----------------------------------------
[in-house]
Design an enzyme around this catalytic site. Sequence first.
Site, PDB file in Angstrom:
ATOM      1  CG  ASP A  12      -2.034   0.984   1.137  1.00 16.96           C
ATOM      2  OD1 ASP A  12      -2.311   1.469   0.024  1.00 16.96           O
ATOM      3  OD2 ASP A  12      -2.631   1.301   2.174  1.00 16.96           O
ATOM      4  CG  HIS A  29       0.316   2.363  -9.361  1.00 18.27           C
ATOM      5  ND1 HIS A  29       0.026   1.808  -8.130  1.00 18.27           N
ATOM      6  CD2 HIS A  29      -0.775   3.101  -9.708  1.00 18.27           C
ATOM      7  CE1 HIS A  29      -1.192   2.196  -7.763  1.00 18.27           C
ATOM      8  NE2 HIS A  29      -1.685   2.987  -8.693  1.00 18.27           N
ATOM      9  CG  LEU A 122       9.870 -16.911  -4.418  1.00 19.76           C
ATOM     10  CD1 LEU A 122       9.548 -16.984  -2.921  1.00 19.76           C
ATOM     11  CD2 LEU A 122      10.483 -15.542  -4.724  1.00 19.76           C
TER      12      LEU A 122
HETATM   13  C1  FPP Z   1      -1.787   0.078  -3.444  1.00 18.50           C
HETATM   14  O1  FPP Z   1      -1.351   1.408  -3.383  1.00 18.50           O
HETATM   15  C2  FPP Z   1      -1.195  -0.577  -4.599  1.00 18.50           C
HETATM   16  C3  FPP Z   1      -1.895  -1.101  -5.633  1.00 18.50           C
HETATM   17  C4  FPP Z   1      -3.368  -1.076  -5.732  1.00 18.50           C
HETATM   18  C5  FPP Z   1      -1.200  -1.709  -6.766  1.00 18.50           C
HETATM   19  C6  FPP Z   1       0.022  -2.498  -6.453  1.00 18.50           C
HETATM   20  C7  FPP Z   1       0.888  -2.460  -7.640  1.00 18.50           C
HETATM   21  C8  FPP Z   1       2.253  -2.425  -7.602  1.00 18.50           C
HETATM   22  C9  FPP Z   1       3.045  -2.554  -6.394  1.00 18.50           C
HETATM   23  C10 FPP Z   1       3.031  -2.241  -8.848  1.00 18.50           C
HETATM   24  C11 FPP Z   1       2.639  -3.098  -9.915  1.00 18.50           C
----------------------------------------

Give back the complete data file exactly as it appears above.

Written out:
[in-house]
Design an enzyme around this catalytic site. Sequence first.
Site, PDB file in Angstrom:
ATOM      1  CG  ASP A  12      -2.034   0.984   1.137  1.00 16.96           C
ATOM      2  OD1 ASP A  12      -2.311   1.469   0.024  1.00 16.96           O
ATOM      3  OD2 ASP A  12      -2.631   1.301   2.174  1.00 16.96           O
ATOM      4  CG  HIS A  29       0.316   2.363  -9.361  1.00 18.27           C
ATOM      5  ND1 HIS A  29       0.026   1.808  -8.130  1.00 18.27           N
ATOM      6  CD2 HIS A  29      -0.775   3.101  -9.708  1.00 18.27           C
ATOM      7  CE1 HIS A  29      -1.192   2.196  -7.763  1.00 18.27           C
ATOM      8  NE2 HIS A  29      -1.685   2.987  -8.693  1.00 18.27           N
ATOM      9  CG  LEU A 122       9.870 -16.911  -4.418  1.00 19.76           C
ATOM     10  CD1 LEU A 122       9.548 -16.984  -2.921  1.00 19.76           C
ATOM     11  CD2 LEU A 122      10.483 -15.542  -4.724  1.00 19.76           C
TER      12      LEU A 122
HETATM   13  C1  FPP Z   1      -1.787   0.078  -3.444  1.00 18.50           C
HETATM   14  O1  FPP Z   1      -1.351   1.408  -3.383  1.00 18.50           O
HETATM   15  C2  FPP Z   1      -1.195  -0.577  -4.599  1.00 18.50           C
HETATM   16  C3  FPP Z   1      -1.895  -1.101  -5.633  1.00 18.50           C
HETATM   17  C4  FPP Z   1      -3.368  -1.076  -5.732  1.00 18.50           C
HETATM   18  C5  FPP Z   1      -1.200  -1.709  -6.766  1.00 18.50           C
HETATM   19  C6  FPP Z   1       0.022  -2.498  -6.453  1.00 18.50           C
HETATM   20  C7  FPP Z   1       0.888  -2.460  -7.640  1.00 18.50           C
HETATM   21  C8  FPP Z   1       2.253  -2.425  -7.602  1.00 18.50           C
HETATM   22  C9  FPP Z   1       3.045  -2.554  -6.394  1.00 18.50           C
HETATM   23  C10 FPP Z   1       3.031  -2.241  -8.848  1.00 18.50           C
HETATM   24  C11 FPP Z   1       2.639  -3.098  -9.915  1.00 18.50           C